Predictors of Clostridium difficile infections in hospitalized children

Waheeda Samady*, Ruth Bush, Alice Pong, Allyson Andrews, Erin Stucky Fisher

*Corresponding author for this work

Research output: Contribution to journalArticlepeer-review

16 Scopus citations


BACKGROUND: Recent studies report an increasing incidence of Clostridium difficile infections (CDIs) in children and suggest that CDIs may occur outside known populations at risk. OBJECTIVE: To identify clinical factors associated with CDI in a hospitalized pediatric population. METHODS: A retrospective case-control study was conducted with C difficile cases (CD) and controls (CTLs) in hospitalized children over a 2-year period. CDs (N = 134) and 2:1 age-matched CTLs (N = 274) with diarrheal illness were evaluated. RESULTS: CDs and CTLs were similar in gender and race. Watery diarrhea was the most common type of diarrhea in CDs and CTLs. Immunodeficiency (46% vs 6%; P < 0.001), gastrointestinal (GI) disease (31% vs 18%; P = 0.005), and proton pump inhibitor (PPI) use (22% vs 7%; P < 0.001) were more frequent in CDs. Of CDs, 30% were defined as community acquired. Bloody diarrhea was more frequent in community-acquired CD (28% vs 4% P < 0.001); however, other clinical variables were not statistically different. No antibiotic exposure, recent hospitalization, prolonged hospitalization, or past history of CDI existed in 8% of CDs. Multivariate logistic regression demonstrated that antibiotic use (odds ratio [OR]: 2.80, P = 0.001), recent hospitalization (OR: 2.33, P = 0.007), and immunodeficiency (OR: 6.02, P < 0.001) were significantly associated with cases when controlling for PPI use, having GI disease, and history of abdominal surgery. CONCLUSIONS: Clinical history is of greater value than symptoms in distinguishing CD, with immunodeficiency having the strongest association. An important percentage of CDs did not have any risk factors, confirming concerns that CDIs do occur in otherwise low-risk pediatric populations.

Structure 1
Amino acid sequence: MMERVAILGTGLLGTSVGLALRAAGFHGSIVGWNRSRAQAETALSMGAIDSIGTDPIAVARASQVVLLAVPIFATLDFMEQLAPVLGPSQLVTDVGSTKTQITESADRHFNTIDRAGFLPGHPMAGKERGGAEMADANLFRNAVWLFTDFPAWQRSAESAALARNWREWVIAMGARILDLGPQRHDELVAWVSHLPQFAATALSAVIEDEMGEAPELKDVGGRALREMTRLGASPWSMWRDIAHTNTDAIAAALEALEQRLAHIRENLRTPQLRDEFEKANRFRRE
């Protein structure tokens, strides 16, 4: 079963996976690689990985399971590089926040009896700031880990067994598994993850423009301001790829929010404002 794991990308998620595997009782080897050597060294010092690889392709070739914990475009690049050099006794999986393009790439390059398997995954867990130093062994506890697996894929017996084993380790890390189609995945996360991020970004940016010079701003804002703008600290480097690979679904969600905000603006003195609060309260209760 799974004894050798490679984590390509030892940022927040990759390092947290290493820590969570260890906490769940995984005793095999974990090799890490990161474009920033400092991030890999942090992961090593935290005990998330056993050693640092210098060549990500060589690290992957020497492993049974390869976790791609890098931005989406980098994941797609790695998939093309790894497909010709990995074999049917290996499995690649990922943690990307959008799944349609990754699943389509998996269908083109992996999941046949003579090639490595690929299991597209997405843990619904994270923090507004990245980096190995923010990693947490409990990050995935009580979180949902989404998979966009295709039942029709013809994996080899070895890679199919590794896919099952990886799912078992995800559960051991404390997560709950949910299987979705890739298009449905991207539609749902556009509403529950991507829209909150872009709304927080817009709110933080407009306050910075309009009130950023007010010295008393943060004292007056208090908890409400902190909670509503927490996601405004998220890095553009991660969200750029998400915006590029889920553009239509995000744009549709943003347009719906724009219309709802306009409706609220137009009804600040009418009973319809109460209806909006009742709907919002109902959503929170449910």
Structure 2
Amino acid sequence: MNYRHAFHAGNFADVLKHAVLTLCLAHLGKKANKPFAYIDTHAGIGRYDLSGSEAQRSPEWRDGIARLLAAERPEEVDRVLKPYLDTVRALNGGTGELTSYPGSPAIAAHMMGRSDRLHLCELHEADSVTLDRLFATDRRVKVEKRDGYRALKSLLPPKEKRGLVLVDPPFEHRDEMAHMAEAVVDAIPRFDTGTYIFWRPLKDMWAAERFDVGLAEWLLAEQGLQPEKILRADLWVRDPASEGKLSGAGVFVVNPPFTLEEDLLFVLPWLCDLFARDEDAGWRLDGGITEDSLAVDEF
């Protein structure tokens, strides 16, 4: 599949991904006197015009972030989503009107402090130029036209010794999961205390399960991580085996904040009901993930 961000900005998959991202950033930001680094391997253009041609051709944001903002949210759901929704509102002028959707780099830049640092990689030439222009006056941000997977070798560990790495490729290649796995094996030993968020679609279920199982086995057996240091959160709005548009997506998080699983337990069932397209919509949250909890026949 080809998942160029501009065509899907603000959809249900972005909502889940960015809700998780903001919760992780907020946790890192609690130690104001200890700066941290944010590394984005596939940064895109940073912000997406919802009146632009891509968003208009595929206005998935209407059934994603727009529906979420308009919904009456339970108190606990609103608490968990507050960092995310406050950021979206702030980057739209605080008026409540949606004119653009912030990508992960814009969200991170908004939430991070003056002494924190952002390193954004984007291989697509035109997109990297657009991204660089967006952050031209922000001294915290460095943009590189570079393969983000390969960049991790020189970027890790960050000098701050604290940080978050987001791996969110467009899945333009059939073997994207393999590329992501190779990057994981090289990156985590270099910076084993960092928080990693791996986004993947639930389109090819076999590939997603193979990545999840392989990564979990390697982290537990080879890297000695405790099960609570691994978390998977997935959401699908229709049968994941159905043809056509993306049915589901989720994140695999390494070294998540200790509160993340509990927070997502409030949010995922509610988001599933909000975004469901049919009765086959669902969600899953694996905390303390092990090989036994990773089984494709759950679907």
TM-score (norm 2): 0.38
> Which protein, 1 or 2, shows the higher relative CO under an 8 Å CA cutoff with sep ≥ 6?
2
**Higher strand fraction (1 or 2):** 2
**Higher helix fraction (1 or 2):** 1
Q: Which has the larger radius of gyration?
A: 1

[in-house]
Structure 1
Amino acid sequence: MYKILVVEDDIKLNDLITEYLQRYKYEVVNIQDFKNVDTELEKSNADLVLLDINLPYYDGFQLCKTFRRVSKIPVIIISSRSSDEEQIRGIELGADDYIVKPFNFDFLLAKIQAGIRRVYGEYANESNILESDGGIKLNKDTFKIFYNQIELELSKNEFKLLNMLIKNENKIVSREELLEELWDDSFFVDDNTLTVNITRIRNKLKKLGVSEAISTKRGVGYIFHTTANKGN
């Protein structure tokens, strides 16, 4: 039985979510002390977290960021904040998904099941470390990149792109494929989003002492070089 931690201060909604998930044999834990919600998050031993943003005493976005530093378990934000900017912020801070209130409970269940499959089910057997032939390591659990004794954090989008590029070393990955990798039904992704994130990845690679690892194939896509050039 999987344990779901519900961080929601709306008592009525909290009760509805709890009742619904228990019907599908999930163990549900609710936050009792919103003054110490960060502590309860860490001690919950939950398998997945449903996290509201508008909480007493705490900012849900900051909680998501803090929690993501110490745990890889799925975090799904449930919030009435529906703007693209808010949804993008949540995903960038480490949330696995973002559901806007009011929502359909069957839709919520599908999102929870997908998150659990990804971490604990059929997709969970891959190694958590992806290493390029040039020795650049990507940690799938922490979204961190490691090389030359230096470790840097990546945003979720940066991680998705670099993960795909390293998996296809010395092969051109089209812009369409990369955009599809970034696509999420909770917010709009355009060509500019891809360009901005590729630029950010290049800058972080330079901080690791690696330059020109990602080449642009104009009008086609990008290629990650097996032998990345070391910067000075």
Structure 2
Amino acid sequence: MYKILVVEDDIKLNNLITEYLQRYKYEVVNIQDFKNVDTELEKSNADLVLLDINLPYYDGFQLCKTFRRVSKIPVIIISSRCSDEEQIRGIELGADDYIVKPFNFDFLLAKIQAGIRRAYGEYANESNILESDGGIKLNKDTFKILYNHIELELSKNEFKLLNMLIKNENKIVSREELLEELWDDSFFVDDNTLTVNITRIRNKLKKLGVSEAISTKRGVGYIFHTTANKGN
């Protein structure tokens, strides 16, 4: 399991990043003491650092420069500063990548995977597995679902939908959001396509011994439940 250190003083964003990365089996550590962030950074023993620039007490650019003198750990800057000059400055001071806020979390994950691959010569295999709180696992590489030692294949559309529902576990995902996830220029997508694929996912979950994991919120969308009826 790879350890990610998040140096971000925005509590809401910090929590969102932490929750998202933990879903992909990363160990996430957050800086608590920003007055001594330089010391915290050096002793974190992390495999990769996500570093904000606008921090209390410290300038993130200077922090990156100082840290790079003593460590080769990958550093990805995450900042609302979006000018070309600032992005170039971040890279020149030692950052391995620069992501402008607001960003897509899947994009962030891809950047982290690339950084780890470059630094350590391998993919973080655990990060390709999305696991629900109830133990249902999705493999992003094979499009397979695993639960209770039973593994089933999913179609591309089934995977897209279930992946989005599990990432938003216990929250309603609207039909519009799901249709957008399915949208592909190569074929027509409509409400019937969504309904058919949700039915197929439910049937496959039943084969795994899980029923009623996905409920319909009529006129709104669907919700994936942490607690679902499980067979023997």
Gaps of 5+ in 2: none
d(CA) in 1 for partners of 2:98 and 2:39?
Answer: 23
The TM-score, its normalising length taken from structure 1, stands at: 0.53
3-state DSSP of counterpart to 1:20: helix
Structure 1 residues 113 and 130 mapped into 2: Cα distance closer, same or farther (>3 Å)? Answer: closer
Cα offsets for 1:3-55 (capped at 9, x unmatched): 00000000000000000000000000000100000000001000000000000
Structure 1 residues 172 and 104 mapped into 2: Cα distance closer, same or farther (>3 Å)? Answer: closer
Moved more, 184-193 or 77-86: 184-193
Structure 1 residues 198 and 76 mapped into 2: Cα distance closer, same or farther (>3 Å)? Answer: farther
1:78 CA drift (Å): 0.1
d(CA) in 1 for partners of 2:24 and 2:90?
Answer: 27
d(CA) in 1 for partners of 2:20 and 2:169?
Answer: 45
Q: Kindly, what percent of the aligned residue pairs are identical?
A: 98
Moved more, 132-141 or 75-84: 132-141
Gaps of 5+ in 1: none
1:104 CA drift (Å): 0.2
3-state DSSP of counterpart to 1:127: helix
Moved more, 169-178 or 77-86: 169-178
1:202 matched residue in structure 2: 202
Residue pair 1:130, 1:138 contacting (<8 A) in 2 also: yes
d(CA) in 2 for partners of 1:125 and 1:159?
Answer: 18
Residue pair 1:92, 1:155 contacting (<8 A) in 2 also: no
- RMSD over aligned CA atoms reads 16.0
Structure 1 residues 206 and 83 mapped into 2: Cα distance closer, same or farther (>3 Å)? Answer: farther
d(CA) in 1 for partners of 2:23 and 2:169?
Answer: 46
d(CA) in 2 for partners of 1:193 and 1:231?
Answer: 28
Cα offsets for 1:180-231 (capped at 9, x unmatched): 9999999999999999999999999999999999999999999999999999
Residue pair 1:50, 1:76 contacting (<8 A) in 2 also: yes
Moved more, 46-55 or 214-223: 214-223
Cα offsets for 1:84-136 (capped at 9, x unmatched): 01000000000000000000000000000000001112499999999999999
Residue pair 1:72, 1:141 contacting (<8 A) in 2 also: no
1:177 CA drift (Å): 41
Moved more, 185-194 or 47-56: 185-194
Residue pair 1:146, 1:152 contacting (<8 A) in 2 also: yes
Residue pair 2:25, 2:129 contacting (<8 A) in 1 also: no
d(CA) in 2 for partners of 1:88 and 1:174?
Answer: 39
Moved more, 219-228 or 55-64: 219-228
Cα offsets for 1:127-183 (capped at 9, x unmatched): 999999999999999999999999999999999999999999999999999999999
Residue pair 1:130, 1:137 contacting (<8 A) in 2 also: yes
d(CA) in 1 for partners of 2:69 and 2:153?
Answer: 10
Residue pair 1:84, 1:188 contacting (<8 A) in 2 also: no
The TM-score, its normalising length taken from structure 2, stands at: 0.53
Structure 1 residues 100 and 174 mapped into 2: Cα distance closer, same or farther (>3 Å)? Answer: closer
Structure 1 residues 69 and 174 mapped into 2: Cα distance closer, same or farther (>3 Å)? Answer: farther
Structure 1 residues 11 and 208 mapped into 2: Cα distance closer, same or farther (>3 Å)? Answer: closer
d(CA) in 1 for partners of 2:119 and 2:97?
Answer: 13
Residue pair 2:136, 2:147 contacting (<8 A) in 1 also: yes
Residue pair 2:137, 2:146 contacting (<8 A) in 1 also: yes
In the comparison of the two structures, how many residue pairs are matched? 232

Original languageEnglish (US)
Pages (from-to)94-98
Number of pages5
JournalJournal of hospital medicine
Issue number2
StatePublished - Feb 2014

ASJC Scopus subject areas

  • Leadership and Management
  • Internal Medicine
  • Fundamentals and skills
  • Health Policy
  • Care Planning
  • Assessment and Diagnosis


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